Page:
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From the Chapter 25: "Only the Fire Matters", an account of our trip to Greece in May, 1985. Several journalists accompanied us, along with a film crew from the National Film Board for Don Winkler's documentary. Lucinda is Lucinda Vardey, Irving's literary agent.

“...The one regret I have after the trip is the article that appeared in
Saturday Night’s Back Page section,” Jeff told me. “Here I’d been on this
wonderful trip and wanted to have something to show Lucinda.” His
article covered the launch of Where Burning Sappho Loved, held at the
Vorres Museum just outside Athens and hosted by Ian Vorres himself.
There were well-heeled guests, Greek dignitaries, and Canadian expats,
including Montreal poet and hellenophile David Solway and our
cultural ambassador, the bespectacled, bow-tied Jean-Pierre Gamby.

I wore a white linen skirt, mismatched with a cotton clearance-bin
Geoffrey Beene jacket, and an azure silk blouse in tribute to our Greek
hosts. Irving was not easy to dress, and he was rough on clothes, so
we made do. I wish his shoes had been of better quality, his pants and
jacket a bit fresher, but his personality was such that only philistines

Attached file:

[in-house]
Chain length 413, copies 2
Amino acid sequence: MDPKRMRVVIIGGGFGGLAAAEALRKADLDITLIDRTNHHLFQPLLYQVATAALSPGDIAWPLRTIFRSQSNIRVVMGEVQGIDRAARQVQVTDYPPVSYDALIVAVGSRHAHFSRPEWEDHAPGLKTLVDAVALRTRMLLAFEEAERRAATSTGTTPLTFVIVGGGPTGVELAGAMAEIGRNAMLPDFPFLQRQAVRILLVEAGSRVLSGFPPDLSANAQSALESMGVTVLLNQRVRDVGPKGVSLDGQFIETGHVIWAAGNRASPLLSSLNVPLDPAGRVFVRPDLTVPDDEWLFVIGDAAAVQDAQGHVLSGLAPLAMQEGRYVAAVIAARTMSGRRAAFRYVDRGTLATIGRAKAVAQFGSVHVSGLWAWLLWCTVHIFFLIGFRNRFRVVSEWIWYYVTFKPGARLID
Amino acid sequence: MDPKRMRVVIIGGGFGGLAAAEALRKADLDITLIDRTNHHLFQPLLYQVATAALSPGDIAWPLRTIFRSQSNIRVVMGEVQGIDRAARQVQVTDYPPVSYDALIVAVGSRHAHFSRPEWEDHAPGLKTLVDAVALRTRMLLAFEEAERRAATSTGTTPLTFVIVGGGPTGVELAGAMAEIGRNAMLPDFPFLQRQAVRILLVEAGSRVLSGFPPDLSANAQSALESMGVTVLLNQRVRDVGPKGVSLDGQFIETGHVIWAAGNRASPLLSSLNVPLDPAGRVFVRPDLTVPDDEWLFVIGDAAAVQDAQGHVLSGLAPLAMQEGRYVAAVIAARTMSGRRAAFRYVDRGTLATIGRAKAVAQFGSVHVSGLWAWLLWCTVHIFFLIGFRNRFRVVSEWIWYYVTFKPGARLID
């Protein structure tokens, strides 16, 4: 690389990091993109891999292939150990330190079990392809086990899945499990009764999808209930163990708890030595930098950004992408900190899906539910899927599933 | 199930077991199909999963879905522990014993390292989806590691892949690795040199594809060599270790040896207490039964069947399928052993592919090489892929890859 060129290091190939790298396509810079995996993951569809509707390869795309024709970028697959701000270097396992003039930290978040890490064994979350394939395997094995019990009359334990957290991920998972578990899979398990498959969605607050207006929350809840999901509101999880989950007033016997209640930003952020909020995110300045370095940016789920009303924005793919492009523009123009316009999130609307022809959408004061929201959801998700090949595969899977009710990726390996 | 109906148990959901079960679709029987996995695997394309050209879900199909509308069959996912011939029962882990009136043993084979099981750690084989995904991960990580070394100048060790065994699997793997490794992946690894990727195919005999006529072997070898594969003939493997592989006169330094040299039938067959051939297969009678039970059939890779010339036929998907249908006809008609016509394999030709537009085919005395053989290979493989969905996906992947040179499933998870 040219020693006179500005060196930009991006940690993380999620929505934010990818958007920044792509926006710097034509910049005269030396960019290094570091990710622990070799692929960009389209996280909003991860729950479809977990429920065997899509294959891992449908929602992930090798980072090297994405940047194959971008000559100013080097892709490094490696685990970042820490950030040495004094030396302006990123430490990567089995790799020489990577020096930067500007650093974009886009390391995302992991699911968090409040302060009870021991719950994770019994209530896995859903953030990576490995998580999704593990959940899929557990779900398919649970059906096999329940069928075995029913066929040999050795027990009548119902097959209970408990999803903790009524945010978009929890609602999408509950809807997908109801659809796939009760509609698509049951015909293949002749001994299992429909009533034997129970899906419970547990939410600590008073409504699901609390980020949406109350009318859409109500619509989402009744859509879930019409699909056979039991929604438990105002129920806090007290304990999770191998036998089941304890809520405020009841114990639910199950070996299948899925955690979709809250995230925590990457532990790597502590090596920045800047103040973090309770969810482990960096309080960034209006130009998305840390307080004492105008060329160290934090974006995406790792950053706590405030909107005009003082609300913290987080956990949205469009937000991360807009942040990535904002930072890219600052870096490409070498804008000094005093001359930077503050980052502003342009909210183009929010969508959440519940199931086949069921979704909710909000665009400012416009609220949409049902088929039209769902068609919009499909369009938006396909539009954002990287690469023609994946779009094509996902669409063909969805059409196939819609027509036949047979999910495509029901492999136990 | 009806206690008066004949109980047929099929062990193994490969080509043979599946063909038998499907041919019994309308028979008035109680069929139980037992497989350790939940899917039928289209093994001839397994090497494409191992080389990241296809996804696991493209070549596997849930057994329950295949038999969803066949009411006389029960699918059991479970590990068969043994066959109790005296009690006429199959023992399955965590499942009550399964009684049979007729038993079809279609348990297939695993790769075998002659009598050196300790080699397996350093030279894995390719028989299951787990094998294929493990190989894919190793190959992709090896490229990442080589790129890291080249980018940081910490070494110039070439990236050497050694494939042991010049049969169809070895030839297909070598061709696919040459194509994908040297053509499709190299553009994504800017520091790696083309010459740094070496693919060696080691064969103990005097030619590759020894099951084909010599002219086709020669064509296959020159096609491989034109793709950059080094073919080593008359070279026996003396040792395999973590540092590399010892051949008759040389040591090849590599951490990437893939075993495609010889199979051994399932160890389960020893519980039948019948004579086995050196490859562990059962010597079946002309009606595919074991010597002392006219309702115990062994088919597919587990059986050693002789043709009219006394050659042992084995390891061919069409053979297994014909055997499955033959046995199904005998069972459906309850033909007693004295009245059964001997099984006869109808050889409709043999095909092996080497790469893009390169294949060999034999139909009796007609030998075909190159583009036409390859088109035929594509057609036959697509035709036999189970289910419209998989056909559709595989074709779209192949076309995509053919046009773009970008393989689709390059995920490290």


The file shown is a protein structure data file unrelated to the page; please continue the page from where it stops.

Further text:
noticed the quality of his clothes, or lack thereof.

Vibrant blue skies turned violet at dusk as whitewashed walls exhaled
the day’s heat into the great open-air atrium. Under a waning
moon and the film crew’s spotlights, we took in the stunning gardens
and museum with artwork covering four thousand years of Greek history,
relished exquisite finger-foods, sipped wine, mingled, and simply
basked in the beauty of it all. Our host, who could have stepped from
a GQ magazine, stood up on a low wall and graced us with kind words
about his guest and the book. Irving then clambered up and spoke
briefly, with customary gusto.

In short, a splendid evening. Richardson’s account, unfortunately,
displeased Saturday Night’s editors. Their euphemism was “edgy.” As in, it
wasn’t “edgy” enough. After numerous rewrites, and despite the author’s
intent, what came out was a send-up of our cultural ambassador. True,
Gamby had been a bit bureaucratic, uptight, yes, but he did not deserve
ridicule. The editors were happy, though, as Saturday Night once again
avoided publishing a positive story about Irving Layton. Could chronic
chicanery like this be at least partly responsible for his lambasting
of “Canucky shmucks”? Lucinda looked for the positives: at least they
hadn’t mocked Irving outright, just ignored the salient points of his
ever-growing success. “In hindsight, I wish I’d stood up to the editors,”
Richardson said, but being young and wanting to have his name on that
Back Page column was important and very understandable. “Irving,” he
remembered, “was larger than life, but more of a contained presence, if
that makes sense. I’d expected something else,” he said, pausing as he cast
about for the best adjective. “Authentic! That’s it, he was authentic. …"

Excerpt from *Good As Gone: Life with Irving Layton* (Dundurn Press, March 2015)

Thumbnail photo: Irving and me in our backyard on Monkland Ave., Montreal, c. mid-1980s. Photo by Sam Tata.